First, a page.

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Inploi co-founder Matthew de la Hey on raising £250,000 and how you can too

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At Tech City News, we’re always keen to shine a light on those who make up the UK’s thriving technology community.

This week, we spoke with Matthew de la Hey, CEO and co-founder of inploi, a recruitment tech startup which we can exclusively reveal has just landed £250,000 in Seed funding.

De la Hey talked about the company’s funding journey to date and shared his advice on how best to approach investors for cash.

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Tech vertical: Recruitment tech
Funding: £450,000
Staff count: 11
Location: London
Founded: 2016

Q: Tell me about your funding journey.

We have raised £450,000 to date, across two rounds. Our first round investors were largely friends, family and associates. This was used primarily to build our product ecosystem: two native apps and a comprehensive integrated web platform, to get our first users onboard and to build out the team.

Our recent raise of £250,000 includes follow on investment from some first round investors and a handful of new ones, including a Swiss family office, the CEO of a large multinational hotel chain, and a client executive from LinkedIn. These funds will be utilised primarily to acquire more users and continue working on our product roadmap.

Q: What advice would you give other entrepreneurs looking to raise?

Fundraising is a total nightmare. Everybody says that, but I don’t think one fully appreciates it until they’re living it. In our experience it takes longer than you intend and is harder (practically and emotionally) than you expect.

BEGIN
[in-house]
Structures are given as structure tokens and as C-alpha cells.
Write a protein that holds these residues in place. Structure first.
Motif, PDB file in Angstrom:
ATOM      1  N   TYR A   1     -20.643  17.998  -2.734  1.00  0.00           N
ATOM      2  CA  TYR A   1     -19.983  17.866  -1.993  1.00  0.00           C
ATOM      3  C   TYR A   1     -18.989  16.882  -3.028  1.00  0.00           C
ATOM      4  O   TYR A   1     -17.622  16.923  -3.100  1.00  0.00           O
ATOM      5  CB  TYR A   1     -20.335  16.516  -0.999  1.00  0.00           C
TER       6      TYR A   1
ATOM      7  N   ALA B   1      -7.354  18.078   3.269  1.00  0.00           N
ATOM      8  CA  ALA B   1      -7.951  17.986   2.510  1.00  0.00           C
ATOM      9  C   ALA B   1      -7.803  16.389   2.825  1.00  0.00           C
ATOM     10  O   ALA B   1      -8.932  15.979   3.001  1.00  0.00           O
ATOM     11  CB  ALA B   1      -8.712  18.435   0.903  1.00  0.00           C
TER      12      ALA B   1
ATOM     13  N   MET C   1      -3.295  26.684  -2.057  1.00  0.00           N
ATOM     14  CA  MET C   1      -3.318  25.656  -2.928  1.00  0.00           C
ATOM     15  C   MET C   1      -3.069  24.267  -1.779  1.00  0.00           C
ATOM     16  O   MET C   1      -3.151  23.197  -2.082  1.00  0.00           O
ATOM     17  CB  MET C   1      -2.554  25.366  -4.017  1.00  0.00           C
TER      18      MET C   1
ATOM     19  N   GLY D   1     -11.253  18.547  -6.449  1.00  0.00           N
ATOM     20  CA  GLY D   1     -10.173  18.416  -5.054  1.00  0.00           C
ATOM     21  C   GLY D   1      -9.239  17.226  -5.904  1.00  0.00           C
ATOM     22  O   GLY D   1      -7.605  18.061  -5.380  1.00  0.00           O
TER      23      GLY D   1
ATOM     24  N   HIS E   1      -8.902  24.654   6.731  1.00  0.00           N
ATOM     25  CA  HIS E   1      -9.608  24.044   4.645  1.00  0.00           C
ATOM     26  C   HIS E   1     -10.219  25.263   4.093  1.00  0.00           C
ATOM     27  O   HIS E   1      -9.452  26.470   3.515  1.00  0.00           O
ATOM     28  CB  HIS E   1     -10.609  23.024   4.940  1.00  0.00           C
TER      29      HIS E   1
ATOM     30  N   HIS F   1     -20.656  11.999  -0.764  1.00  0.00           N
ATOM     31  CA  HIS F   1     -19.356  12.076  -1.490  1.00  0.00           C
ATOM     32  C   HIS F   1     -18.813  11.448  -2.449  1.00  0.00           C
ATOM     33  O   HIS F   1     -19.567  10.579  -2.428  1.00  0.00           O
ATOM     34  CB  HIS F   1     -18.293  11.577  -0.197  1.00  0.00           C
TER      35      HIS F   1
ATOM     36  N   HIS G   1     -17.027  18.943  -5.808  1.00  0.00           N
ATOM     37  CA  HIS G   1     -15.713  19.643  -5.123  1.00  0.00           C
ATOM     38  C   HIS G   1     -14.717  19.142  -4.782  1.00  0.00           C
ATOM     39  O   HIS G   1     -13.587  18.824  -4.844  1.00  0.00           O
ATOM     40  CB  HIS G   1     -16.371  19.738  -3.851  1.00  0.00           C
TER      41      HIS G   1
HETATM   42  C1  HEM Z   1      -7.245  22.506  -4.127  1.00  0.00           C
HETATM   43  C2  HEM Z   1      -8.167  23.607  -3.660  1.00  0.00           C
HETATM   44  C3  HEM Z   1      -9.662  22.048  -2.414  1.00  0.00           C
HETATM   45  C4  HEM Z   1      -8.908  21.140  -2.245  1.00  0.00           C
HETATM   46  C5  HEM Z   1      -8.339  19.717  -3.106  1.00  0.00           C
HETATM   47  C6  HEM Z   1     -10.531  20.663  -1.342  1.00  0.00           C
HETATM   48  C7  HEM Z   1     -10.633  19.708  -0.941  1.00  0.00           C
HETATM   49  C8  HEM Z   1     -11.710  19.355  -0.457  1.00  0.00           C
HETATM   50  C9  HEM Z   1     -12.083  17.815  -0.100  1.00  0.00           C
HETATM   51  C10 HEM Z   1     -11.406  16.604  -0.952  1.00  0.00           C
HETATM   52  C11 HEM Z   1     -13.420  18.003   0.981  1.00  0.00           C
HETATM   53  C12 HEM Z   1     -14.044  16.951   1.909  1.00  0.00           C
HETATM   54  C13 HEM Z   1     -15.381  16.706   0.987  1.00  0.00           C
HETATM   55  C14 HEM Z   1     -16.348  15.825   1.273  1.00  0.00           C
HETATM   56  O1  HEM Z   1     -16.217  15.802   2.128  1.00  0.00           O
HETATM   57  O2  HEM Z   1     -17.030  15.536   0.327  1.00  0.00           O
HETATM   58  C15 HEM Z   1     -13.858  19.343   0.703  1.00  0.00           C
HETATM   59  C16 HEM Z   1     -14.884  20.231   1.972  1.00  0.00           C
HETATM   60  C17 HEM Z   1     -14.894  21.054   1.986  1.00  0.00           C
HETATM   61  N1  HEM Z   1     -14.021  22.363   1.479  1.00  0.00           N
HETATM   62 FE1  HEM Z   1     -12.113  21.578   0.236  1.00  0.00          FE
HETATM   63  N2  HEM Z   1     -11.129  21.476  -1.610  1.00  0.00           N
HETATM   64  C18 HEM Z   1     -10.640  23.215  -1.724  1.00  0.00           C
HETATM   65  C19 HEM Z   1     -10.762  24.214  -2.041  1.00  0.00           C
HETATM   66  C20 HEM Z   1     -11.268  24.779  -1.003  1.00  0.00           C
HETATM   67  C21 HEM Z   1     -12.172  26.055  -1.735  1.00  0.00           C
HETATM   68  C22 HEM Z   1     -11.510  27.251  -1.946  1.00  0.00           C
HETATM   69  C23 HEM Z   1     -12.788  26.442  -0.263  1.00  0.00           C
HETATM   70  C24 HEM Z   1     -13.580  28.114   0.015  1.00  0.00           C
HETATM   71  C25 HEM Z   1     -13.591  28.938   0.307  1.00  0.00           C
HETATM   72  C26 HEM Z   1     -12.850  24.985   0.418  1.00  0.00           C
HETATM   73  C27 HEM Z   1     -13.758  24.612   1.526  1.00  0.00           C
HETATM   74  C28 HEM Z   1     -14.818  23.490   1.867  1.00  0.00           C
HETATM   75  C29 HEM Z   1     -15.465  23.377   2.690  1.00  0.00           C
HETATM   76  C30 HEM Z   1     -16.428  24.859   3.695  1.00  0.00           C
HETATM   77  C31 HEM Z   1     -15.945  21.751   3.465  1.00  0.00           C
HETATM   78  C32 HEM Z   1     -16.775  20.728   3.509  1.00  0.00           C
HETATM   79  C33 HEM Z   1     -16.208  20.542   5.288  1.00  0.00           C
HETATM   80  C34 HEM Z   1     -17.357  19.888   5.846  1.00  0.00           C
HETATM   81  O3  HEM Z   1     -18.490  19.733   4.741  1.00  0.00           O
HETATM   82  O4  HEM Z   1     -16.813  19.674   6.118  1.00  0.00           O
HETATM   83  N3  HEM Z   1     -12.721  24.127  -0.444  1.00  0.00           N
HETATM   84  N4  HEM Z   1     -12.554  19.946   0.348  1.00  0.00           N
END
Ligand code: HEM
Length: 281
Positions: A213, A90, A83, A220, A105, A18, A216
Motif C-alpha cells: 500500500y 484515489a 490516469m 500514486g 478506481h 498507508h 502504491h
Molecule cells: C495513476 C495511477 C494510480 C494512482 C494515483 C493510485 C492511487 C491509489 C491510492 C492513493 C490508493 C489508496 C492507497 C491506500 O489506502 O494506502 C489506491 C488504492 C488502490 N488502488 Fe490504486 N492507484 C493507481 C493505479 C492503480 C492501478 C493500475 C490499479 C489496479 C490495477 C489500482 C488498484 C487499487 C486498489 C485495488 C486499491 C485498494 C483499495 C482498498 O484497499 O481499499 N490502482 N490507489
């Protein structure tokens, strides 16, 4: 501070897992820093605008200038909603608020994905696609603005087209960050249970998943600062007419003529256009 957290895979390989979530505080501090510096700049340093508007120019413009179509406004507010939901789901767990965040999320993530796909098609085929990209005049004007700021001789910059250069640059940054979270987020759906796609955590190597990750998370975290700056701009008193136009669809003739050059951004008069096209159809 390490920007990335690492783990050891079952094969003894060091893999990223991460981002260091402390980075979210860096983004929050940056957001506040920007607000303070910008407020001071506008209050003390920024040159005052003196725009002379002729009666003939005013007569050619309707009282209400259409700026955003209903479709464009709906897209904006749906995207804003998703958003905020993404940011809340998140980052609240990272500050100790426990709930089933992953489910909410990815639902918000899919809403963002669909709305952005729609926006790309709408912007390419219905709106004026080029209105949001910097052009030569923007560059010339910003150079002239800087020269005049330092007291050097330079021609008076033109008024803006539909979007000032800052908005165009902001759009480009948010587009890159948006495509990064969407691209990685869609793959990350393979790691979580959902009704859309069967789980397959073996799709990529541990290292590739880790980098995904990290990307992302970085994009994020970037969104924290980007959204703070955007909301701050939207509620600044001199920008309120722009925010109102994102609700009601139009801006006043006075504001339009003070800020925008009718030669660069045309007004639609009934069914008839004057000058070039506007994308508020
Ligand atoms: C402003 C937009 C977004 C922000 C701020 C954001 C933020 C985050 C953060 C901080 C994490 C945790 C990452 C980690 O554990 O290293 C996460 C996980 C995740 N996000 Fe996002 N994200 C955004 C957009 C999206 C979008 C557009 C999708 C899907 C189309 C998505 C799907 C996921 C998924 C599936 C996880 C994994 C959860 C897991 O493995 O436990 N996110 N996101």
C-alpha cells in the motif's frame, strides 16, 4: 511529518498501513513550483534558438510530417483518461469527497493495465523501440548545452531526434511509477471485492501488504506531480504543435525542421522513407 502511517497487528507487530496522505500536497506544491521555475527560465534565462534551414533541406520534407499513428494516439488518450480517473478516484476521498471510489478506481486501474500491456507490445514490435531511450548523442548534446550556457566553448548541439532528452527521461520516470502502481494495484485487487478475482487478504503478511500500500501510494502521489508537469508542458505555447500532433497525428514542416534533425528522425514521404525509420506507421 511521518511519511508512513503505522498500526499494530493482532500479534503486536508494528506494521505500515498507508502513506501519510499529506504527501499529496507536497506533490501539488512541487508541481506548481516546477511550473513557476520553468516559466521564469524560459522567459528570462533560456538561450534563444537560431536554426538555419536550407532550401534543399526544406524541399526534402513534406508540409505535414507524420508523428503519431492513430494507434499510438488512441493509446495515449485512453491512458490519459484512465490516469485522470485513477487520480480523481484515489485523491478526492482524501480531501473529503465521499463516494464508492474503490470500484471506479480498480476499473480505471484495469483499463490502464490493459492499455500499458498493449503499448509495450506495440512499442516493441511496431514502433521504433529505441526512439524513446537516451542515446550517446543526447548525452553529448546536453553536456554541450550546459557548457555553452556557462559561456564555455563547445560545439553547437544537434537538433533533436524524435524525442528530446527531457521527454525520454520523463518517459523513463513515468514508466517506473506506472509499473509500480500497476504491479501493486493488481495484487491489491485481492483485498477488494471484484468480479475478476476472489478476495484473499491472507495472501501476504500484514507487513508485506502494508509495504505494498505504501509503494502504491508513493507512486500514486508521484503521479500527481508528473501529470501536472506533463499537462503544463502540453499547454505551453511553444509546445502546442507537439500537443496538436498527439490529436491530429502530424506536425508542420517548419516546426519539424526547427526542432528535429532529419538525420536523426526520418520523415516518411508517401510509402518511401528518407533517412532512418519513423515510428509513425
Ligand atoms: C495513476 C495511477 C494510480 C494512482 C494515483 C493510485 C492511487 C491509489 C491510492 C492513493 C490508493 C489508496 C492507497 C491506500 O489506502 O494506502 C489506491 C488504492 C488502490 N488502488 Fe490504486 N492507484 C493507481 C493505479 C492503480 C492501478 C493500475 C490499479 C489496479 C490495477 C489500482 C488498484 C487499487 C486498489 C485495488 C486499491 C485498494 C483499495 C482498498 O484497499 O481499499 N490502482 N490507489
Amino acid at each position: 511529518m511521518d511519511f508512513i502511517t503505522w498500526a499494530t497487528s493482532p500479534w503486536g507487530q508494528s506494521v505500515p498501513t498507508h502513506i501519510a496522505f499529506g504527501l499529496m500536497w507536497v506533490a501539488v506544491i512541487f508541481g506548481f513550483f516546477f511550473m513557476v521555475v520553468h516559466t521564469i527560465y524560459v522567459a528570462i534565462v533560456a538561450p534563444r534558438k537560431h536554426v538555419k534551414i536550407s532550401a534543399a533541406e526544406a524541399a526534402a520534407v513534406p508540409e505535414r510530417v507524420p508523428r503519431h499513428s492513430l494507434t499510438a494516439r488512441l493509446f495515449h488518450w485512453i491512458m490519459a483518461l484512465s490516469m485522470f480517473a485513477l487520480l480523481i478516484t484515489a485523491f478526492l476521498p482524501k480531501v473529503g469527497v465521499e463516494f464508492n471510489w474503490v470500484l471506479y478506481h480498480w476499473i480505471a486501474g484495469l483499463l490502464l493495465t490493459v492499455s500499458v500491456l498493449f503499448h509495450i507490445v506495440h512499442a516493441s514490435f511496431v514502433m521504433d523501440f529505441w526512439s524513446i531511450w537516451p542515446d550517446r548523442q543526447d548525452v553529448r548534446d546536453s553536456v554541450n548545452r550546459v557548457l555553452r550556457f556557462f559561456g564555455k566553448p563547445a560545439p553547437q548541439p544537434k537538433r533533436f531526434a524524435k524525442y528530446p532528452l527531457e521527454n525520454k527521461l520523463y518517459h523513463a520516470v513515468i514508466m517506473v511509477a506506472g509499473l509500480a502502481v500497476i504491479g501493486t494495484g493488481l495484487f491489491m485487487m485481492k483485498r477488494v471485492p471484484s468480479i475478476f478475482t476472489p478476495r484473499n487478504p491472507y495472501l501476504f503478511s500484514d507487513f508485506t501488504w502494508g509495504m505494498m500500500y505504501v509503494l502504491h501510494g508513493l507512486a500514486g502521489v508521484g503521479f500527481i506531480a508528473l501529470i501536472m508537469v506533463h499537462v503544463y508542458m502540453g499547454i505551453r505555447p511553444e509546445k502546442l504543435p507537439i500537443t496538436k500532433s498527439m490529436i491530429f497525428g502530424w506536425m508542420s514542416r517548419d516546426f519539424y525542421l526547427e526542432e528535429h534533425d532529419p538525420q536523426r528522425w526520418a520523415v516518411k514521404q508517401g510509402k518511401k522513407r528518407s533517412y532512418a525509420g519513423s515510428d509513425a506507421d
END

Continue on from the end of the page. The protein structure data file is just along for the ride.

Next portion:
We face the ‘chicken and the egg problem’ in building a marketplace business, but to varying extents this is applicable to fundraising too. Larger investors (particularly in Europe) want to see meaningful ‘traction’ before getting involved, which is often difficult to achieve without funding.

So, in the early startup stages it’s a matter of hustling and doing things as cheaply as possible. By this I mean,  calling in favours; relying on people’s goodwill; utilizing your savings; and doing high-impact free things.

Friends, family, and people who know you are a good place to turn for funding in the early stages as they’re more sympathetic and likely to believe in you. However getting involved with a startup is a seriously risky game (with huge upside potential too) so be really upfront and straightforward with them about things.

I think investors fundamentally want to see a few things: that the idea is novel; that you’ll be able to monetize it; that the market you seek to address is large (enough to make significant returns); that the team driving a project is committed and capable of executing on it; and that the company will be able to either disrupt incumbents, beat the competition, or, if applicable, create a new market.

Q: Where did the idea for inploi come from?

Alex (Hanson-Smith, inploi’s co-founder) and I developed inploi in response to our own experiences as students trying to find work in the holidays, generally in the hospitality sector. It was far too difficult. We’d walk around handing out paper CVs, wait weeks for agency training days and apply to multiple roles on job boards which we never heard back from.